"Field Holler" is the opening piece off the above album, a collection of recordings of the Appalachian tradition ranging from 1944 to 2002. You can listen to more, and buy it, at this link here. There are several gems therein, but "Field Holler" is the one that haunts me. It has some spectral relationship with music I’ve heard from the Solomon Islands, with Bayaka music, with Clive Powell’s rendition of "Reed Sodger." There’s something ancient about it, something that speaks to blood.
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I have, through foul means, come into possession of a copy of the new Titus Andronicus album, THE MONITOR. While very much a sequel to the previous record (THE AIRING OF GRIEVANCES), it has ambitions all its own. Someone’s been listening to very early Billy Bragg a lot, for instance: the song "Richard II" has the shreds of the Bragg song "Richard" embedded in it, and the final track opens with classic Bragg-style narrative songwriting and percussive guitar.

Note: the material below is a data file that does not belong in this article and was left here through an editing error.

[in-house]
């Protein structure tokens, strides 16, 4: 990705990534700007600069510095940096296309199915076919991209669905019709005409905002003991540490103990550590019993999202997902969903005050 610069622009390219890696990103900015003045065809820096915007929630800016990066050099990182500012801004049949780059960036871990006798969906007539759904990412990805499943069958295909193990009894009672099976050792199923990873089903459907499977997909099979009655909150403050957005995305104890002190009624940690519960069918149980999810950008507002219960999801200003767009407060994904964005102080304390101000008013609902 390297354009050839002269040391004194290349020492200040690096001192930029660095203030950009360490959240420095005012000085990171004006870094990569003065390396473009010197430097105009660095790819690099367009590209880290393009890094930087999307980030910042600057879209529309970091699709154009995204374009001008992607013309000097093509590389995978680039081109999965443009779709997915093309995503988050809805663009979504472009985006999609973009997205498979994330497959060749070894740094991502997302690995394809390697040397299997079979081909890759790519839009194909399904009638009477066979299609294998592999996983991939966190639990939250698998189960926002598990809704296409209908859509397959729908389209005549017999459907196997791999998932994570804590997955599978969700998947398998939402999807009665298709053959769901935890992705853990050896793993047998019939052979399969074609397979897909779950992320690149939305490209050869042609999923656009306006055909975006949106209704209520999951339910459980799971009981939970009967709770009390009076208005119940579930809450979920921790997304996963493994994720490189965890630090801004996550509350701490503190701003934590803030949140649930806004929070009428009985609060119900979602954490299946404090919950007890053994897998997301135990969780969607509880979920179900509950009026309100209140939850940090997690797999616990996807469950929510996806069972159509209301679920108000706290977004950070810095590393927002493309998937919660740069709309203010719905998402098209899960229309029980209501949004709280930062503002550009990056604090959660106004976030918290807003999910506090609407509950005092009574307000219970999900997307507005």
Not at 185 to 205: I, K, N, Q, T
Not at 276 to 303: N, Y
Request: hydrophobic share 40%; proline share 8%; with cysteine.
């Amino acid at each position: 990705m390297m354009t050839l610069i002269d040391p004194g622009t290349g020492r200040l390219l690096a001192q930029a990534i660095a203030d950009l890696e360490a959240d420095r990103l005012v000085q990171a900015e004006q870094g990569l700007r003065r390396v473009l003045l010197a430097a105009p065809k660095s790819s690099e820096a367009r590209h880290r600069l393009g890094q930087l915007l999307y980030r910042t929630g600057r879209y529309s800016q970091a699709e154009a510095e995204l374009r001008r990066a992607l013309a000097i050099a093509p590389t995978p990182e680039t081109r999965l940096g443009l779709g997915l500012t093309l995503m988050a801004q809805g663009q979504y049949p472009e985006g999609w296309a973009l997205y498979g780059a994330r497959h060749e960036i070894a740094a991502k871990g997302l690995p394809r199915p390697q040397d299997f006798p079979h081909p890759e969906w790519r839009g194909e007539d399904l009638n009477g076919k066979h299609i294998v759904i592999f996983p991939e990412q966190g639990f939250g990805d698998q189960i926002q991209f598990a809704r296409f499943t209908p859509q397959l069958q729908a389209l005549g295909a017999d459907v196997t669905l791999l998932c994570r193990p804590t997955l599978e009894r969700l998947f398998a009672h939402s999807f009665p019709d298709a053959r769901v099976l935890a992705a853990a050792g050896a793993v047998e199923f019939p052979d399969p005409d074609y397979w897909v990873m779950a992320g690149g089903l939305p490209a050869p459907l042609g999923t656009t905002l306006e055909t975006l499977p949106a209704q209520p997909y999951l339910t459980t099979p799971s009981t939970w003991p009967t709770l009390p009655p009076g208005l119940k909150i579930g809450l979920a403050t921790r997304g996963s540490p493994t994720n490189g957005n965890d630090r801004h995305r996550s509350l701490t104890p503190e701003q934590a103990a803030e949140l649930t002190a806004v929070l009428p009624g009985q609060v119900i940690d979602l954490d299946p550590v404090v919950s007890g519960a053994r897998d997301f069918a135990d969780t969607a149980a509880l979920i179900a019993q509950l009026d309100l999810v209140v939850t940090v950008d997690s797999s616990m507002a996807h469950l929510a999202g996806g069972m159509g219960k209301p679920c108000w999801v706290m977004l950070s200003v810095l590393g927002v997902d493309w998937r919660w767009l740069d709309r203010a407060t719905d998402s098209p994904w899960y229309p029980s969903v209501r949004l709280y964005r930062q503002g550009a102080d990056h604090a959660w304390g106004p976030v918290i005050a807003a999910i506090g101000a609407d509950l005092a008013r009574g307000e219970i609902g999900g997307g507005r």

But the most pleasurable surprise on this entertaining record is the piece called "…And Ever," a reprise, late in the album, of a refrain from the second song on it, "Titus Andronicus Forever." Because, for absolutely no reason at all, they redo that refrain as a bit of crackling old-style rhythm and blues, complete with boogie-woogie piano.
And you know what? It just makes me smile.
THE MONITOR is released on 9 March 2010. And this is "…And Ever."
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